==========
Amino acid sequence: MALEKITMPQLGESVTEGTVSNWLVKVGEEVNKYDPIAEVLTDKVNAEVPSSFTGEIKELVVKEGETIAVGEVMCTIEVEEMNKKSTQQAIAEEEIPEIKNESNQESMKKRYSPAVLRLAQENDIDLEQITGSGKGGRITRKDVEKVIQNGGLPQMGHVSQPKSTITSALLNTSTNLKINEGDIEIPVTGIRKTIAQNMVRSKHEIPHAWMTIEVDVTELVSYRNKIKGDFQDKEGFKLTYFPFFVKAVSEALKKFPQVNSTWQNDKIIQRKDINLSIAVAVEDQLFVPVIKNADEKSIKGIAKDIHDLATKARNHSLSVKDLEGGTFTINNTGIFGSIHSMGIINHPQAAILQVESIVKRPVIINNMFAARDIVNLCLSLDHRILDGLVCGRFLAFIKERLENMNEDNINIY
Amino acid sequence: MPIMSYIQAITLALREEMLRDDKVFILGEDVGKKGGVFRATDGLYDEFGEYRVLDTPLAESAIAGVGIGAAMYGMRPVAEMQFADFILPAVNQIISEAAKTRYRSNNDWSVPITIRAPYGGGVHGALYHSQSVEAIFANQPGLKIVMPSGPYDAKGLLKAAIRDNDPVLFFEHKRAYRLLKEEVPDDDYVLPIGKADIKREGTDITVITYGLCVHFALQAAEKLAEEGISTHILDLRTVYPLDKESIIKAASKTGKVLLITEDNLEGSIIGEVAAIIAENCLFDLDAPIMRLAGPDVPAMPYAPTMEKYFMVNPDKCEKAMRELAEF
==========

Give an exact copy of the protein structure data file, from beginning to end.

Amino acid sequence: MALEKITMPQLGESVTEGTVSNWLVKVGEEVNKYDPIAEVLTDKVNAEVPSSFTGEIKELVVKEGETIAVGEVMCTIEVEEMNKKSTQQAIAEEEIPEIKNESNQESMKKRYSPAVLRLAQENDIDLEQITGSGKGGRITRKDVEKVIQNGGLPQMGHVSQPKSTITSALLNTSTNLKINEGDIEIPVTGIRKTIAQNMVRSKHEIPHAWMTIEVDVTELVSYRNKIKGDFQDKEGFKLTYFPFFVKAVSEALKKFPQVNSTWQNDKIIQRKDINLSIAVAVEDQLFVPVIKNADEKSIKGIAKDIHDLATKARNHSLSVKDLEGGTFTINNTGIFGSIHSMGIINHPQAAILQVESIVKRPVIINNMFAARDIVNLCLSLDHRILDGLVCGRFLAFIKERLENMNEDNINIY
Amino acid sequence: MPIMSYIQAITLALREEMLRDDKVFILGEDVGKKGGVFRATDGLYDEFGEYRVLDTPLAESAIAGVGIGAAMYGMRPVAEMQFADFILPAVNQIISEAAKTRYRSNNDWSVPITIRAPYGGGVHGALYHSQSVEAIFANQPGLKIVMPSGPYDAKGLLKAAIRDNDPVLFFEHKRAYRLLKEEVPDDDYVLPIGKADIKREGTDITVITYGLCVHFALQAAEKLAEEGISTHILDLRTVYPLDKESIIKAASKTGKVLLITEDNLEGSIIGEVAAIIAENCLFDLDAPIMRLAGPDVPAMPYAPTMEKYFMVNPDKCEKAMRELAEF